From humble beginnings to the top of the DJ game, it’s been a lengthy and intriguing path. Kraviz grew up near Irkutsk, a Siberian city with an unforgiving climate, in a home where jazz, blues and pop music constantly filled the air, before moving to Moscow in the late 90s to pursue her training as a dentist while juggling frontwoman duties with electronic band MySpaceRocket as well as performing under her own name. An RBMA success story, she was picked up for the Melbourne instalment in 2006, and subsequently met individuals who changed the course of her career: Greg Wilson, a constant mentor, and Matt Edwards (Radio Slave), a career-long associate. Edwards’s Rekids label became her home, and in 2012 she released her self-titled artist album through the imprint.

The album in question showcases a producer/songwriter wholly at ease with the requisite nuances and sympathetic balance of an effective full length. Warm deep house tracks mingle with atmospheric, ambient pop songs, frequently defined by distinctive, seductive vocals which are at points robotic, as on single Ghetto Kraviz, or on gorgeous closer Fire, multi-tracked and riddled with humanity. Beats are often emaciated and minimal, memories of rhythms which flicker and bubble through smoky atmospherics. Meanwhile, Kraviz’s increasingly techno-oriented DJ sets have become hugely revered, exploring a compulsive adoration of mystic acid house, mesmerising crowds as she labours to carve a niche in that ever-saturated market.

While the bathtub affair continues to naggingly follow the Kraviz name – and doubtless add a zero onto her DJ fee in the process – we meet her in a London hotel to find an utterly affable and charming individual, as passionate about her music as she’s ever been. As she joins us she’s slightly bleary and an hour late having played a secretsundaze party the previous night. She speaks as she performs, frank and unrestrained. We share a cab to the photography studio, where she shows herself to be a total natural in front of the camera, free from inhibition, pulling faces and seemingly unhindered by any contexts. It was a pleasure to get to know Nina Kraviz the individual, beyond the fabrications, the mist and the myth.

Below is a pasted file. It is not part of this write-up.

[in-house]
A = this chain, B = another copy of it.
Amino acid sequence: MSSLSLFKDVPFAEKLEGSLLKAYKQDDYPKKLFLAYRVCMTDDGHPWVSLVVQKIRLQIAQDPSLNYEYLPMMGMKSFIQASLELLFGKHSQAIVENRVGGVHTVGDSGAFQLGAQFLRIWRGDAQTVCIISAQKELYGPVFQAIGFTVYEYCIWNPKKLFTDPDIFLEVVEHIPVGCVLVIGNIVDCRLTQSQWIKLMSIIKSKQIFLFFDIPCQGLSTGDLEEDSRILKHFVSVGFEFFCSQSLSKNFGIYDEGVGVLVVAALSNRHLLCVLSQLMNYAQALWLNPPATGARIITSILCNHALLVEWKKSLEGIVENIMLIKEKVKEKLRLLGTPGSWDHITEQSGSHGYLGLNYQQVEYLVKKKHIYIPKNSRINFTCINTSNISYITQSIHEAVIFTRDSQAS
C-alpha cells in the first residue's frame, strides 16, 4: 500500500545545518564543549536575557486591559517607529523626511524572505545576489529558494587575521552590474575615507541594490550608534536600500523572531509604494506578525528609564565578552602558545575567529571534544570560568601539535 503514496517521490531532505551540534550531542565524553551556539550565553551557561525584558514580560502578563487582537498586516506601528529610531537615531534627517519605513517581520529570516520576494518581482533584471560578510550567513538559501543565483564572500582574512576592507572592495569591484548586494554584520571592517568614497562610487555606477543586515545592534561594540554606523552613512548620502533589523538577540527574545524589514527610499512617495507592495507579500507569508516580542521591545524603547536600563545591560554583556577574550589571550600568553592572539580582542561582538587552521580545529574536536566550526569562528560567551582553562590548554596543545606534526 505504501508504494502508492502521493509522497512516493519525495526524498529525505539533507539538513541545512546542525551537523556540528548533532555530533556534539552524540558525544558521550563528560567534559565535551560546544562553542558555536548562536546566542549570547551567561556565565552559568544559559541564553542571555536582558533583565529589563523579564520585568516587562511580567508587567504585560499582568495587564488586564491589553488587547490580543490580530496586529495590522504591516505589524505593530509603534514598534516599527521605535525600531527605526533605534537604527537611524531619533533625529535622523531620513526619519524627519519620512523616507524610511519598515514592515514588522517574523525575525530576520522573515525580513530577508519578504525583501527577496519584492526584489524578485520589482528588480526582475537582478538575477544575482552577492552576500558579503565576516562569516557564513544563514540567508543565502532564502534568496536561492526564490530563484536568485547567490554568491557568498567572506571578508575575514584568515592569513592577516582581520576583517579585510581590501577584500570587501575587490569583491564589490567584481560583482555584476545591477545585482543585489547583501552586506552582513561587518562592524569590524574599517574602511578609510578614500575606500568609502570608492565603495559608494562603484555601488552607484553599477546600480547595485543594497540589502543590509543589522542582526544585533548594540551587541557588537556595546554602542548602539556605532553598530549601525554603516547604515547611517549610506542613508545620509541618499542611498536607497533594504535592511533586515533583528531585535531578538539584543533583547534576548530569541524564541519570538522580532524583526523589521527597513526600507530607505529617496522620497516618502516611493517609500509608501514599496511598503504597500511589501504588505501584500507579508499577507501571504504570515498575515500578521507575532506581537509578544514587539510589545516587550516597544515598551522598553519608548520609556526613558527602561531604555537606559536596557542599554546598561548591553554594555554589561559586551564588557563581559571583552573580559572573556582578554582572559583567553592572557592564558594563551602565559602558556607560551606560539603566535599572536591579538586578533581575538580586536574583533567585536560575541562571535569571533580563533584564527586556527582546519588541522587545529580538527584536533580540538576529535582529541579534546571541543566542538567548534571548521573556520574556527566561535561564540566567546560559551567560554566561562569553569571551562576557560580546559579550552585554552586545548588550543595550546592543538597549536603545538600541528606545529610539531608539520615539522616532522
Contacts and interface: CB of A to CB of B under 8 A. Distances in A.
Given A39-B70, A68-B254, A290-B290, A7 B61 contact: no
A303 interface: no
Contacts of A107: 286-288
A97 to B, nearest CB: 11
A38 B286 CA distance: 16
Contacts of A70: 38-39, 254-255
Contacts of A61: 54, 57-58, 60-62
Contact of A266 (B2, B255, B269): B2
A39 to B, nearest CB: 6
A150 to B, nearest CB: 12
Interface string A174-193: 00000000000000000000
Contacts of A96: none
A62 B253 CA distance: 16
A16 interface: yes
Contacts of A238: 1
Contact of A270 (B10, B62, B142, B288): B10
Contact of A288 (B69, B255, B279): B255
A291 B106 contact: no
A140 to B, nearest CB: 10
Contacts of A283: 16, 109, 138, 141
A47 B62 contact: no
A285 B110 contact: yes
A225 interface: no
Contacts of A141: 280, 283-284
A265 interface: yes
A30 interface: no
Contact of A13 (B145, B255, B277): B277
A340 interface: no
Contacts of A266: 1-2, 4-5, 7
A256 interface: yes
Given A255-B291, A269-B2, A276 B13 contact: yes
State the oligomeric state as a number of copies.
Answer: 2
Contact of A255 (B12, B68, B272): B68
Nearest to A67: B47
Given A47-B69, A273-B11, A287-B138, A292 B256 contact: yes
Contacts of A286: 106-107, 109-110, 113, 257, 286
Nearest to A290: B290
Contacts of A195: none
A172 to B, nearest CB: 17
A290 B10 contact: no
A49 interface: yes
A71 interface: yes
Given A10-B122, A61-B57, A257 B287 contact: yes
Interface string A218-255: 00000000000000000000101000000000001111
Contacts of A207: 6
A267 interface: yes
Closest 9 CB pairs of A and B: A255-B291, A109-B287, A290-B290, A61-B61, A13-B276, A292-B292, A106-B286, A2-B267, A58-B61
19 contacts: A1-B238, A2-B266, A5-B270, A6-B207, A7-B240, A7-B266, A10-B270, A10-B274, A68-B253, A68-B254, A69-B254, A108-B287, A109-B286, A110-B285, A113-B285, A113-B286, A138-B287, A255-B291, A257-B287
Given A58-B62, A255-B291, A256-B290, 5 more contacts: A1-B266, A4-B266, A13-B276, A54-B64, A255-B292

So how did that infamous RA video come about? What was your motivation for such a personal expose?

From the outside perspective it looks very different from what it is. I was travelling so hard and was doing the promotion for the album and I had so many shows. While I was in the process of this it was explained to me that RA wanted to do an interview and that the guys would be following me for a few days, which was really cool to spend some time with them. I don’t even know why I said yes, it was just an interesting experience and we spent three days together and four months later they presented their version of the video.

It’s very personal, isn’t it.

It’s all concentrated on some very female aspects of my character. I am a very open person and sometimes that makes me very vulnerable. You can always have a better chance to hurt someone when they are open. When it was finished we did some edits, but the video still isn’t the way I wanted it.

Do you feel you’ve been misrepresented?

Yes, to be honest. I just wish we were all talking about more interesting topics. It represented me like I was a DJ whose craft isn’t really music related.